Goodbye summer, hello autumn as 2016 Marches on… Here are five fresh tasks to get growing in your home vegetable garden for the third month of the year, the start of Autumn in New Zealand. Also check out Trudi with how-to video tips in the garden at

1. Plant winter radishes: We love ‘Round Black Spanish’ radishes. These radishes are black skinned and white inside, they prefer to grow in the cooler months of autumn and winter, and can grow up to 8cm in diameter. They’re great to use fresh in salads or as a tasty addition to winter soups. Black radishes were very common in French and English gardens in the early 19th century, but records show this variety was being grown as far back as the mid 1500s in Europe.

2. Harvest cucumbers. We know people who’ve had much success with ‘Mini White’ cucumbers in containers this summer. Cucumbers will keep flowering and fruiting for a few weeks yet provided you keep them well watered. Pick off any leaves that succumb to powdery mildew. Cucumbers are pretty versatile too. You can make your own tzatziki to serve with spicy chicken or lamb kebabs on the barbecue, or get fancy and serve chilled cucumber and rocket soup at a dinner party. Or make a sweet and sour pickled cucumber salad for a change. You can also add cucumber to refreshing non-alcoholic cocktails or try Martha Stewart’s Mint, Cucumber and Vodka Cocktail. You need 2 cucumbers, small ice cubes, 1 cup loosely packed fresh mint leaves, 2 teaspoons granulated sugar, 3 tablespoons fresh lime juice, 1/2 cup of vodka and 2 tablespoons of Cointreau. Cut 4 thin spears from 1 cucumber and reserve to use as a garnish. Peel the remaining cucumbers and quarter them lengthwise. Scrape out the seeds with a spoon and discard. Coarsely chop cucumbers, then puree in a food processor until smooth. Strain through a fine sieve, pressing on solids to extract as much liquid as possible. Fill a cocktail shaker with ice. Add mint, sugar and lime juice and shake. Add 3/4 cup cucumber juice, the vodka and Cointreau, and shake. Strain into 4 glasses filled with ice. Garnish each cocktail with a cucumber spear.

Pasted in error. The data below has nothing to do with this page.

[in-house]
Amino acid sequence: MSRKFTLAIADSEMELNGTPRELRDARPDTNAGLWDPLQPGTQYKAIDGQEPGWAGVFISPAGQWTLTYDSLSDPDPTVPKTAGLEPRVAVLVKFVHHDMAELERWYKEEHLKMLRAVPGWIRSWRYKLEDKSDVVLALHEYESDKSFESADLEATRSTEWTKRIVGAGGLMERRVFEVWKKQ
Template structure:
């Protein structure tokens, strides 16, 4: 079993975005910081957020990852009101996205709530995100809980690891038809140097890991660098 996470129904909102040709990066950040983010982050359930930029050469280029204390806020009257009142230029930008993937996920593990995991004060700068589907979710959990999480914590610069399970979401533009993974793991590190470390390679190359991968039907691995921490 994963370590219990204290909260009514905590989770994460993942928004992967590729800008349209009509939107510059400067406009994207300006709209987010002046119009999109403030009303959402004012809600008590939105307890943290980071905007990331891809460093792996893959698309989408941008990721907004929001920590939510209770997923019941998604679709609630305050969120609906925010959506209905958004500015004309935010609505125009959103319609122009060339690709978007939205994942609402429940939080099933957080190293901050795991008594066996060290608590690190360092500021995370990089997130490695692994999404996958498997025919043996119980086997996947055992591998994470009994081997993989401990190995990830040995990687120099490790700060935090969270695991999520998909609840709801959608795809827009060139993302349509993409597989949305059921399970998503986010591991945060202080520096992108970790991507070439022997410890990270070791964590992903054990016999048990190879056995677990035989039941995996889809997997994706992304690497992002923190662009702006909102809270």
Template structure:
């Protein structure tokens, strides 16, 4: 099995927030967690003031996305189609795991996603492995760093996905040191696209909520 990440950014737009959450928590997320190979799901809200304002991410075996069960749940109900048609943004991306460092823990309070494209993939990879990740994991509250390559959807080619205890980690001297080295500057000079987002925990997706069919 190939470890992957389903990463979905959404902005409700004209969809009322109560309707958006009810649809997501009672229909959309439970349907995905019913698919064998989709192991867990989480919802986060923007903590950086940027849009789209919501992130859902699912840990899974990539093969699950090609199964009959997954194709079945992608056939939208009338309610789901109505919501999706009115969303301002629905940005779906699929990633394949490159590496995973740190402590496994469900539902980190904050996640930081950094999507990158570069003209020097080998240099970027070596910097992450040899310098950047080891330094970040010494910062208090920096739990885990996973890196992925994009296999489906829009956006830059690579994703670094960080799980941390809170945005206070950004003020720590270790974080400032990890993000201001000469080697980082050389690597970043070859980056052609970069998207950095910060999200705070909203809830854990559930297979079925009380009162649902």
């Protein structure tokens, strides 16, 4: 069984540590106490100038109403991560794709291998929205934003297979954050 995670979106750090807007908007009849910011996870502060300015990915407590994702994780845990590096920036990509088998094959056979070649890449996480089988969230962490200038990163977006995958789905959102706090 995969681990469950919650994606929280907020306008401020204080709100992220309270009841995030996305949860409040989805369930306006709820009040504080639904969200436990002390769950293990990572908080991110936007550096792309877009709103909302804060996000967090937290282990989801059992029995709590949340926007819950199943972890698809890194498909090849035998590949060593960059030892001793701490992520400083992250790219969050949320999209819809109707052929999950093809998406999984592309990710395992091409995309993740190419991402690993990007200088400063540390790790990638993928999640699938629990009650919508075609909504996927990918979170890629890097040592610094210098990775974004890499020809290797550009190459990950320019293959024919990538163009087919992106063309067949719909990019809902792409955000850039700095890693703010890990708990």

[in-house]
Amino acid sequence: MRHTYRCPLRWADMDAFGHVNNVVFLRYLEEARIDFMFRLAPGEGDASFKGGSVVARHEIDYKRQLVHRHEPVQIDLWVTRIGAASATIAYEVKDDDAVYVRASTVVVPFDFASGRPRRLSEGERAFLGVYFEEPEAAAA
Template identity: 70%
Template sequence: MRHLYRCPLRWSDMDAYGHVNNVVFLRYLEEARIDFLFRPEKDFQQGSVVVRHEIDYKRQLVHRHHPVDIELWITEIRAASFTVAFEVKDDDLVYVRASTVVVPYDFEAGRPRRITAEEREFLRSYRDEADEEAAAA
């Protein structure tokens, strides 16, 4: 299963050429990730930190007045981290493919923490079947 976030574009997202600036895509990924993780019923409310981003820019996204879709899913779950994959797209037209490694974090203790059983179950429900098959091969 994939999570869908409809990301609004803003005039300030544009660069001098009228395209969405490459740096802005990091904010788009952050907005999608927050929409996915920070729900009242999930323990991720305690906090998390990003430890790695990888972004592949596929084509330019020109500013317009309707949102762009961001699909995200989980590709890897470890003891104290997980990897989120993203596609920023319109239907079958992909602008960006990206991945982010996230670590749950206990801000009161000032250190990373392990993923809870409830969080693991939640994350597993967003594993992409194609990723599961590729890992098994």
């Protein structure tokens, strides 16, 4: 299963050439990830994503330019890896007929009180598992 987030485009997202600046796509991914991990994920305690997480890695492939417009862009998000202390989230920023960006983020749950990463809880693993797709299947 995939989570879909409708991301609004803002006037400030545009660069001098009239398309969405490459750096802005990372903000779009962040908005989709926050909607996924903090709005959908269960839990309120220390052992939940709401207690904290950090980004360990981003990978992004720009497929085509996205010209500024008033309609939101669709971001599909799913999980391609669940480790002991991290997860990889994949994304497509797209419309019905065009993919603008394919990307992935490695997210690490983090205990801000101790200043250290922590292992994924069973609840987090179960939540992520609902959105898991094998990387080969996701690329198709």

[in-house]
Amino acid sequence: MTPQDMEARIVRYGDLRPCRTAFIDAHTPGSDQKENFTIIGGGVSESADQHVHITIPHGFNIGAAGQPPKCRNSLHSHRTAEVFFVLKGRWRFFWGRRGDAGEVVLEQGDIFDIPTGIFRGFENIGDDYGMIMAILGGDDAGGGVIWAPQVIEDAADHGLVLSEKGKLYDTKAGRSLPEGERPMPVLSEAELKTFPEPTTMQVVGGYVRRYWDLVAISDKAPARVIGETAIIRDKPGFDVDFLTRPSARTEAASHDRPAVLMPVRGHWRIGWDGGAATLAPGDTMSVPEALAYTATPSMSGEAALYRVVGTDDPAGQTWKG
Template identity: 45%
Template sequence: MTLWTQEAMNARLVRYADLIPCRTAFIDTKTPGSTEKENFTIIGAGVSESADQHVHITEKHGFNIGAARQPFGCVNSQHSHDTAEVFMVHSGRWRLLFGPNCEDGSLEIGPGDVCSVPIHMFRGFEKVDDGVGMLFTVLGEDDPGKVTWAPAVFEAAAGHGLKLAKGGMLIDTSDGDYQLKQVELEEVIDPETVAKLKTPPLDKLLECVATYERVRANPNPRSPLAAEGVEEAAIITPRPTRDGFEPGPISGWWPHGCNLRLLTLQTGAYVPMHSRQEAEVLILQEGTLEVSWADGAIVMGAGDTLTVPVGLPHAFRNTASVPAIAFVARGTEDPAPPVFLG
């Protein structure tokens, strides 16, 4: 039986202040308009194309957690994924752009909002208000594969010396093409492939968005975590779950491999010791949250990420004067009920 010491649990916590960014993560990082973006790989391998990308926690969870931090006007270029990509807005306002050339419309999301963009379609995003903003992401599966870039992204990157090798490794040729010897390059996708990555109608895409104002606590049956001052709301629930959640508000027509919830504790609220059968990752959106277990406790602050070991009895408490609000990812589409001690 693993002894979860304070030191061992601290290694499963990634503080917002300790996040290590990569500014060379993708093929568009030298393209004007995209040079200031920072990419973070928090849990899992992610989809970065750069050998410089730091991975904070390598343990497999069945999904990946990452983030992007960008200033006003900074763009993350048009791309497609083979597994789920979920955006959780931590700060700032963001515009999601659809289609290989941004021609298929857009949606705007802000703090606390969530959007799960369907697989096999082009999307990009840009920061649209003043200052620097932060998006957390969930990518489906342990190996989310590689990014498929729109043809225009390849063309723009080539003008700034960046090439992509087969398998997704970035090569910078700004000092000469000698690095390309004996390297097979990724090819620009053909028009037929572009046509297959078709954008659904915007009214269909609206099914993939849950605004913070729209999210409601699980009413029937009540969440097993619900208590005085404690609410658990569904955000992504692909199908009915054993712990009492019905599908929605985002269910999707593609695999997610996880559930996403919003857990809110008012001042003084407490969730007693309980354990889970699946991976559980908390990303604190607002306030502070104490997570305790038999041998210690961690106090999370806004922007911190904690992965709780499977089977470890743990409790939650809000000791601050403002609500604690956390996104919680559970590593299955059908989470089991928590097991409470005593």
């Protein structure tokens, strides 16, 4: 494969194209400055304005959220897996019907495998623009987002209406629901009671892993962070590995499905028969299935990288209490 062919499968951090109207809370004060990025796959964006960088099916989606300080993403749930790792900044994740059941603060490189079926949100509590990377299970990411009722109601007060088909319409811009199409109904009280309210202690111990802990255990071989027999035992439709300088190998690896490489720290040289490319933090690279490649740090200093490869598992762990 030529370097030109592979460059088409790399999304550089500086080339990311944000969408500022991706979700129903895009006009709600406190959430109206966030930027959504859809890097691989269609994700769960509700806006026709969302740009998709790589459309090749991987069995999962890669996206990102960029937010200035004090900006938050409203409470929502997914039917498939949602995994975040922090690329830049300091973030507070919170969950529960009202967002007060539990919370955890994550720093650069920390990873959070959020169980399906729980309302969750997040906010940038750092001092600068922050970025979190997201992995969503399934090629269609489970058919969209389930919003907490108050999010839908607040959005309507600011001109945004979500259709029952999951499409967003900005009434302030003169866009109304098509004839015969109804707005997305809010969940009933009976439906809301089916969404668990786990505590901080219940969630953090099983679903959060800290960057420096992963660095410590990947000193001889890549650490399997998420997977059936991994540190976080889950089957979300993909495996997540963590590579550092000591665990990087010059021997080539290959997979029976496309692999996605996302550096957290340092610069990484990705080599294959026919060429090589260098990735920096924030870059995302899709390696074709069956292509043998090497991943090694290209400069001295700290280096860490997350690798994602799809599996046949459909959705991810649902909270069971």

3. Protect seedling brassicas with bird netting. Fling a roll of bird netting over bamboo stakes to protect newly planted cauliflowers, broccoli, Brussels sprouts, kale and cabbages from lingering white cabbage butterflies.

4. Out with the old and in with the new! It’s tempting to take your eye off the ball in late summer, especially if your garden looks like it’s falling apart at the seams. So spend half an hour in early March pulling out tired vege crops, such as courgettes with powdery mildew and runner beans that have run out of steam, and slot seedlings into the gaps. By planting something new each weekend, you’ll avoid the frustrating feast or famine scenario later in the season.

5. Plant Chinese cabbages. Bok choy, pak choi and wongbok are fast-growing fillers to bridge the gap between summer and autumn. Keep them moist and they’ll be ready to eat in a month. Watch out for slugs and snails though, as they’ll strip these succulent greens down to their ribs if given half the chance. Chinese cabbages are cold-hardy and perfect for containers as they take up only a fraction of the space of conventional cabbages. Steam or stir-fry; don’t boil them as they quickly turn to tasteless mush.

For more great gardening advice, read NZ Gardener magazine or click on to watch Trudi on a quick three minute how-to web video gardening guide for Autumn:

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